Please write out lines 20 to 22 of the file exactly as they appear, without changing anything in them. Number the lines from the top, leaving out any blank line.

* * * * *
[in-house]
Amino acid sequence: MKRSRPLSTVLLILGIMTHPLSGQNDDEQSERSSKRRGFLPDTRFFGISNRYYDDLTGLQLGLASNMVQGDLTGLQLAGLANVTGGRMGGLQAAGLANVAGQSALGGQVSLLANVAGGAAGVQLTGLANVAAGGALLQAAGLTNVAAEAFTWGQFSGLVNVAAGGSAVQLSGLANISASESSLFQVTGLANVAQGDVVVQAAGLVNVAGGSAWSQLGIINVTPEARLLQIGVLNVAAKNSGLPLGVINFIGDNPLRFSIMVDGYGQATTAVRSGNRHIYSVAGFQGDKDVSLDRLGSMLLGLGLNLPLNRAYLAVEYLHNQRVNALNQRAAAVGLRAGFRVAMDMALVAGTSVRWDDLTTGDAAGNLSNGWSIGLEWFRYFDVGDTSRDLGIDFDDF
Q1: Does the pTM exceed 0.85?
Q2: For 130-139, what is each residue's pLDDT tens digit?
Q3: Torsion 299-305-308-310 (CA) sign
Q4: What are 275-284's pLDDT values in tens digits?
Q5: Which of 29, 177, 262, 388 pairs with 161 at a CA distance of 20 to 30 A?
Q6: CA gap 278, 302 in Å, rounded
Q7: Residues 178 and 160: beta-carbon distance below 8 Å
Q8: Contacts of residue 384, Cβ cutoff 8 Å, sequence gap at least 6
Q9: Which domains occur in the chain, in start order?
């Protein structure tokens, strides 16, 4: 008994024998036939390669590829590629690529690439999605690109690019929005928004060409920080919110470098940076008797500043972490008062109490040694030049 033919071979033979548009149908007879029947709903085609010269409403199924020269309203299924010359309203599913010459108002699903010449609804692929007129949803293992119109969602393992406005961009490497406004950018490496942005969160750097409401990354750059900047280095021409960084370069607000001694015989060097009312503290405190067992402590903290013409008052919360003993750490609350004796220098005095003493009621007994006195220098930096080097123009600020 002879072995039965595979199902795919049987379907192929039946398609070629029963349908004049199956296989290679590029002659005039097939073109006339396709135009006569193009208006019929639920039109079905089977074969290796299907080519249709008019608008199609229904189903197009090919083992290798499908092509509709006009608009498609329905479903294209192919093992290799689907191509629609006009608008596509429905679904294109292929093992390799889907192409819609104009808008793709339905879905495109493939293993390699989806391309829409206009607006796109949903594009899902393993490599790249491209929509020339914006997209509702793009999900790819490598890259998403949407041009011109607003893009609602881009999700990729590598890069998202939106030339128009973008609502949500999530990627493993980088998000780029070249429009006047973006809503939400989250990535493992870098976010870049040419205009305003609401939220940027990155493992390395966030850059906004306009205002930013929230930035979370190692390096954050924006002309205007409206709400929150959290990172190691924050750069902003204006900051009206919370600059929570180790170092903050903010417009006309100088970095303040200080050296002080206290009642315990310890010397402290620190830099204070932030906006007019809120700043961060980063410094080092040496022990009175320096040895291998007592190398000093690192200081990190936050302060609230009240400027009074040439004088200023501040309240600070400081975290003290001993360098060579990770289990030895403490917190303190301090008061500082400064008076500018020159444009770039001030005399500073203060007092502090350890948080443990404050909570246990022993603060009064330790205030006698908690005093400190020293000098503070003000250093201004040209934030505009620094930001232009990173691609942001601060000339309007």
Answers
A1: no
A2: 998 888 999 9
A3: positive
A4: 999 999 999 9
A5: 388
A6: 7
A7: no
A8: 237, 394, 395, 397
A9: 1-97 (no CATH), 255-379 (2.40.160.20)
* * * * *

A7: no
A8: 237, 394, 395, 397
A9: 1-97 (no CATH), 255-379 (2.40.160.20)